The Proof Is In The Puddin’
A new version of rice pudding and other delicious puddings are selling out on 102 St. Mark’s Place.
When Puddin’ opened on St Mark’s Place earlier this year, 20-something chef Clio Goodman said she was offering a “grown-up” version of the dessert that’s often a baby’s first. Born into a family of serious cooks and then seasoned as a dessert chef in some of New York City’s finest restaurant kitchens, Clio cooks with a kid’s energy and a wise woman’s know-how: Her vanilla pudding, for delicious instance, could pass muster anywhere as a crème anglaise. Zagat agrees; it has already donned the desserts with a whopping 29 rating.
The tiny take-out shop has a revolving roster of puddings, pies and cakes made with pudding, and toppings, with a core of standards. Banana cream is the favorite. One customer in her late seventies walks ten blocks from her apartment nearly every day for a fix. Clio hints that she herself is partial to butterscotch, spiked with her father’s preferred brand of Scotch.
For me, her rice pudding is the hands-down winner, one of the best I’ve ever spooned up. You can really taste the rice (basmati), which is cooked separately from the custard to preserve its flavor. Try it with the crumbled ginger butter cookies that are a specialty of Clio’s mother, Hevra, and the cool, barely sweetened Hudson Valley cream, softly whipped. They enhance rather than diminish the perfection of the puddin’.
Clio’s recipe is proprietary (there’s a book in the works) but I’m happy to offer my own, burnished by nostalgia for my parents and the West Hartford Diner and enriched by my training in the French Culinary Institute. I hope it does for you and yours what it does for me. Yes, sometimes it’s a lot of work to arrive at simplicity, but the proof is in the pudding, even if you serve the whiskey on the side in a bowl of Irish-soaked raisins.
1 cup premium short-grain rice (sushi rice is great)
1 quart whole milk
1 cup sugar, divided
1/2 vanilla pod, split the long way
a few grains of salt
4 egg yolks
1 cup heavy cream (organic is sublime)
2 tbsp. confectioner’s sugar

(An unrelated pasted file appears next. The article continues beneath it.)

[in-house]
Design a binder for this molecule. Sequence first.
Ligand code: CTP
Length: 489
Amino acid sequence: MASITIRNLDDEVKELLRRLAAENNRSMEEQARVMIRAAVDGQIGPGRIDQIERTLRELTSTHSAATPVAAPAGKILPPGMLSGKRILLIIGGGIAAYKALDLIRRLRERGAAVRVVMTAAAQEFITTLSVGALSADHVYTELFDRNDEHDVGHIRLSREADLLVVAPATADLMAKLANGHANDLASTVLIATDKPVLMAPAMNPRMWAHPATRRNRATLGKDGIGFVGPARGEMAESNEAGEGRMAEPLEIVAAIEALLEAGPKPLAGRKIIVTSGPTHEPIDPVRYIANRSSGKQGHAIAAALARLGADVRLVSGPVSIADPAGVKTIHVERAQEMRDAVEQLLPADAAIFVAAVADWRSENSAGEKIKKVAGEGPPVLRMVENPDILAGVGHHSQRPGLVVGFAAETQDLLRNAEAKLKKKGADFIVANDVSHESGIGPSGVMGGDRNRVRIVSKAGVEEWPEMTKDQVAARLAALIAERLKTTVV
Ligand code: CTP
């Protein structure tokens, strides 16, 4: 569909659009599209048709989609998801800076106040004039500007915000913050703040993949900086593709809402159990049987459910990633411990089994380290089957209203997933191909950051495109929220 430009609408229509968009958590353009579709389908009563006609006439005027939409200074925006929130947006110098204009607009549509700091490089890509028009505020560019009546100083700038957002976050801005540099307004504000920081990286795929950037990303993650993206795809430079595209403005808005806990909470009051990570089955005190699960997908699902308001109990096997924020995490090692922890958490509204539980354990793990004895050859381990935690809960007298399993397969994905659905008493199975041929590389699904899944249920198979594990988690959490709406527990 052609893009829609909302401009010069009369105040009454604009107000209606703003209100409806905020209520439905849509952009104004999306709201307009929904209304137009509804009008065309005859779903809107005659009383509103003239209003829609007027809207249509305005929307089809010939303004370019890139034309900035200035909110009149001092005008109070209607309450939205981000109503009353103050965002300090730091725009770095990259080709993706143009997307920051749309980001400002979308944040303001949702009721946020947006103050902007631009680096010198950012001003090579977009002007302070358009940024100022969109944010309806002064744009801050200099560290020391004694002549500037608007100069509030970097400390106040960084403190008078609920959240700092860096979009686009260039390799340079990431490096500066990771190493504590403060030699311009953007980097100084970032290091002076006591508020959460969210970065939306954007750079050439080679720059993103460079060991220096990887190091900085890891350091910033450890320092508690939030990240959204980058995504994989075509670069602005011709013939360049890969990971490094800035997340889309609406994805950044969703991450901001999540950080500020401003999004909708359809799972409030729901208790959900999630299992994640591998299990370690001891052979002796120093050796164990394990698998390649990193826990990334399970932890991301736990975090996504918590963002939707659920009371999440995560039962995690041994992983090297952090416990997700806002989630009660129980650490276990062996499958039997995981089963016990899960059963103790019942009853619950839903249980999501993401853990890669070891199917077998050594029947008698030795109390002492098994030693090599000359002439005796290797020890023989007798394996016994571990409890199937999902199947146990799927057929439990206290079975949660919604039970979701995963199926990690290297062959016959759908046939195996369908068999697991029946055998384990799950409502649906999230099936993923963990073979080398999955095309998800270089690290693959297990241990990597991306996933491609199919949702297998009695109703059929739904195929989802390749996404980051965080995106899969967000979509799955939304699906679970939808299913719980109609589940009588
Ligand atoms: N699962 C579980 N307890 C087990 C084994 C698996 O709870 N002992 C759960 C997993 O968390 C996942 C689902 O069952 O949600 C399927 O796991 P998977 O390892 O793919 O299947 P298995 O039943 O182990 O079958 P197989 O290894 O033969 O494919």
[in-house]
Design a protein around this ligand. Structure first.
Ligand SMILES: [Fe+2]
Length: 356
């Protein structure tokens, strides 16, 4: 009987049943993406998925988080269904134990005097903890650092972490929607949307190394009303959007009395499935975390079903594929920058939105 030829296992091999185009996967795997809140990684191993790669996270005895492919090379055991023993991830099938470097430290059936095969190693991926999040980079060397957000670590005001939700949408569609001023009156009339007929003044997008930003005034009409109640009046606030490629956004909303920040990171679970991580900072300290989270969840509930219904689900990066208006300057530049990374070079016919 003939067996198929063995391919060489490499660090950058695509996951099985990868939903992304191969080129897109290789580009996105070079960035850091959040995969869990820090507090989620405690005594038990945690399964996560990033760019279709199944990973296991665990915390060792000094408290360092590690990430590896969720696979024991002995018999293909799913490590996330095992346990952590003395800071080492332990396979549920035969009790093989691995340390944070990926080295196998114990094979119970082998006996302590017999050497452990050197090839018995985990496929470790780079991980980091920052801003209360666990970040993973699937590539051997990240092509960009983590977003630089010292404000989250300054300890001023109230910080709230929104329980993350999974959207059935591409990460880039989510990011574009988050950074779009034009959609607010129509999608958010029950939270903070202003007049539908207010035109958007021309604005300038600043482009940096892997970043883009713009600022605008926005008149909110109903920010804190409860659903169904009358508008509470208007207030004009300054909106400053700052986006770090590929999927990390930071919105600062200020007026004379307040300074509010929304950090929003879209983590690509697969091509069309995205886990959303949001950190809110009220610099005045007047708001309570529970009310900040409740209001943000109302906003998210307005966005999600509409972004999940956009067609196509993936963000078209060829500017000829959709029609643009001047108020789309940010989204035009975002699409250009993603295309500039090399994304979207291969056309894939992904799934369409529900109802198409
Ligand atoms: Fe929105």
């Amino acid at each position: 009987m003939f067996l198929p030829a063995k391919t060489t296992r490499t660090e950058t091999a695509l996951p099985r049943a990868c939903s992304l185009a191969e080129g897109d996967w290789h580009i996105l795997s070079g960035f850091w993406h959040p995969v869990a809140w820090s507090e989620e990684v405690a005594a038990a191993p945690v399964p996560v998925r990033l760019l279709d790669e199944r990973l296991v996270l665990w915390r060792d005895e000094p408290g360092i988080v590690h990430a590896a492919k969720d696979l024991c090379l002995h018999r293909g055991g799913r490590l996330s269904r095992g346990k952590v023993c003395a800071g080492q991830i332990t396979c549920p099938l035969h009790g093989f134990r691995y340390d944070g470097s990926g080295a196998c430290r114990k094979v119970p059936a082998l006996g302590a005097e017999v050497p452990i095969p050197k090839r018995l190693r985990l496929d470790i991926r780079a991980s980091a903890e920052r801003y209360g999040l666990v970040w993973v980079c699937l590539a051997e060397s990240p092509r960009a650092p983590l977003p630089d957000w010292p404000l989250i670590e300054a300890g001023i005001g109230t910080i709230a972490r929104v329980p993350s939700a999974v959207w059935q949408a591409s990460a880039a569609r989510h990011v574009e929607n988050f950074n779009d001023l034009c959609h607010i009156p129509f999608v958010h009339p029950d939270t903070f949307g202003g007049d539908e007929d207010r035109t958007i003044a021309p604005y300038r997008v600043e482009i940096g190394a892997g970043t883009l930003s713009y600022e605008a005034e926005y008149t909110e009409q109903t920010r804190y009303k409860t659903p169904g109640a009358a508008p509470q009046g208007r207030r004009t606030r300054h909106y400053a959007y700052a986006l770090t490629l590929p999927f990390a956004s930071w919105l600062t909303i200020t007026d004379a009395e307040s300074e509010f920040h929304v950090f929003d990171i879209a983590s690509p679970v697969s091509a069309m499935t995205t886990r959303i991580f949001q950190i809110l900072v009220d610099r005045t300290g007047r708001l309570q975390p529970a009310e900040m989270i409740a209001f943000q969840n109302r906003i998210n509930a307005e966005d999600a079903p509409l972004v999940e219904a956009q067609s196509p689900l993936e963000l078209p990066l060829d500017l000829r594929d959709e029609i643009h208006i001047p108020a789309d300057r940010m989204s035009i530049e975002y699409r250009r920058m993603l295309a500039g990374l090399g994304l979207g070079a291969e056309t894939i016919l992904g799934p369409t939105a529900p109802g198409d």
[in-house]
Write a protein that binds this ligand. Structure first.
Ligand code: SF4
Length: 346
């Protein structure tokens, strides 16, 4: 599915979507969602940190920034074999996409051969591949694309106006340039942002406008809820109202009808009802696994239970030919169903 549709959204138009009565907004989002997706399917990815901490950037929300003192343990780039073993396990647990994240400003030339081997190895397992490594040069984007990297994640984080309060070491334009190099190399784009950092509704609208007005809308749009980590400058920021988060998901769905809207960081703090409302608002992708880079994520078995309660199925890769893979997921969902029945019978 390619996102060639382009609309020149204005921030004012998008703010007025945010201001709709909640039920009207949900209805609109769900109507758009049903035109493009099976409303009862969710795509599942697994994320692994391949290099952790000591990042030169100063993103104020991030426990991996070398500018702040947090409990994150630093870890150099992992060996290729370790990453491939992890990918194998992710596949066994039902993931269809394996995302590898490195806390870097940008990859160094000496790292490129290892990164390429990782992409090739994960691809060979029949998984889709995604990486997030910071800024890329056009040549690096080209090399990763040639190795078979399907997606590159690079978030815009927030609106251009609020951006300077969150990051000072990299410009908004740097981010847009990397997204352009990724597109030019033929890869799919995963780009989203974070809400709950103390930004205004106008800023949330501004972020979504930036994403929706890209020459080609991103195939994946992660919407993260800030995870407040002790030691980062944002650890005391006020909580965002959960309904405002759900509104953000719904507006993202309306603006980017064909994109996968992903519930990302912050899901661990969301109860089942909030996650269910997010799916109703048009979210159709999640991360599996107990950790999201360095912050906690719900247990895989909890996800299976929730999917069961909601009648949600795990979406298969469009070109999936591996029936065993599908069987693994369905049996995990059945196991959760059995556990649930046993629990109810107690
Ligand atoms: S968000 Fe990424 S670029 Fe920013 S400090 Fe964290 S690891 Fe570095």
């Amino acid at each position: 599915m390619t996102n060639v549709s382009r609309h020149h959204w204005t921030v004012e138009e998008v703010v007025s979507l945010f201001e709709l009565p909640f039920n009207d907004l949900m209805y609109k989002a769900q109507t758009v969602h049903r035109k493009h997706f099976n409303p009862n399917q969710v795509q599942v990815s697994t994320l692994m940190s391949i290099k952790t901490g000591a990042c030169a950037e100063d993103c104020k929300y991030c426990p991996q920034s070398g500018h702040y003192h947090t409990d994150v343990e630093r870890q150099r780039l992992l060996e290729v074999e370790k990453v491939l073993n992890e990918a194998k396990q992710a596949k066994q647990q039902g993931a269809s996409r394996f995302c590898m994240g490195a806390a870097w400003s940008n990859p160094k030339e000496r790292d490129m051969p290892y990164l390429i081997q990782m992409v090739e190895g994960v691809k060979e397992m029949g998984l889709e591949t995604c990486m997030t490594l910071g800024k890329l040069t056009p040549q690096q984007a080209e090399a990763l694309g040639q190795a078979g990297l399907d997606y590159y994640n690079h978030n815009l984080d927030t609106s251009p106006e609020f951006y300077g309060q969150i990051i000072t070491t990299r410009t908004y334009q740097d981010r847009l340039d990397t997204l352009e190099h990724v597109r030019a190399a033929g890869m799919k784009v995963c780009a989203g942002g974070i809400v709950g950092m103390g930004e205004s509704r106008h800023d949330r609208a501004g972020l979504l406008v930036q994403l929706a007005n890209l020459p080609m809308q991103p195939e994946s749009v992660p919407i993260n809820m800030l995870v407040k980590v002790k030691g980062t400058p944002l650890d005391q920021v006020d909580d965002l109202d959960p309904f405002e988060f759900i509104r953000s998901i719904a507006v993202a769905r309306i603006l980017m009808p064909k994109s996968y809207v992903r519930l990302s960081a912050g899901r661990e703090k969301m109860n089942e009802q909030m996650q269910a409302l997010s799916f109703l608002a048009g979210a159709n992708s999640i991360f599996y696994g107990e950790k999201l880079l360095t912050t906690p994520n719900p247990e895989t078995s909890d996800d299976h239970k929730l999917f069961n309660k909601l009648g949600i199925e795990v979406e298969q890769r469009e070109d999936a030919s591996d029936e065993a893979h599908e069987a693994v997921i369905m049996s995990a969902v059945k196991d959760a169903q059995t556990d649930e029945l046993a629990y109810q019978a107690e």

1/2 tsp. vanilla extract
1. In a three-quart saucepan, cover rice with two cups of water and bring quickly to a boil. Simmer for five minutes, stirring occasionally. Drain rice, rinse with cold water until it runs clear, then return to pot.
2. Add milk, ½ cup of the sugar, the vanilla pod, and the pinch of salt. Bring to a boil, stir once, cover, reduce heat to low, and let cook for 30 minutes.
3. Whisk the egg yolks with the other ½ cup sugar until you can no longer hear the sugar against the side of the bowl. Remove the vanilla pod from the rice pot. Add a few spoons of hot rice to the egg-sugar mixture, then transfer the mixture to the pot. Return the rice to the boil for two full minutes, stirring constantly with a wooden spoon. Scrape rice into a large mixing bowl and set in a larger bowl of ice and some cold water. Stir occasionally to hasten cooling and to prevent formation of skin. Cover with plastic wrap lightly pressed down into the pudding.
4. Whip the cream to soft peaks, adding the powdered sugar and vanilla extract as you go. When the rice has cooled to room temperature (not sooner), stir in half the whipped cream to lighten. Fold in the rest, very lightly, so some streaks remain.
5. Serve warm or cold, with or without a sprinkling of cinnamon—but always ask first.
6. I like raisins but love some people who don’t, so I compromise by offering a raisin sauce on the side: ½ cup unsulphured raisins soaked for 2 hours in ½ capful of Irish whiskey, then heated briefly in a syrup made by briefly simmering ½ cup each water and raw sugar, with ½ quart vanilla bean, and 2 inches of lemon peel.
Nancy Weber is writing her 23d book—a thriller set in Greenwich Village about swinging senior chefs who arouse the wrath of a puritanical food blogger.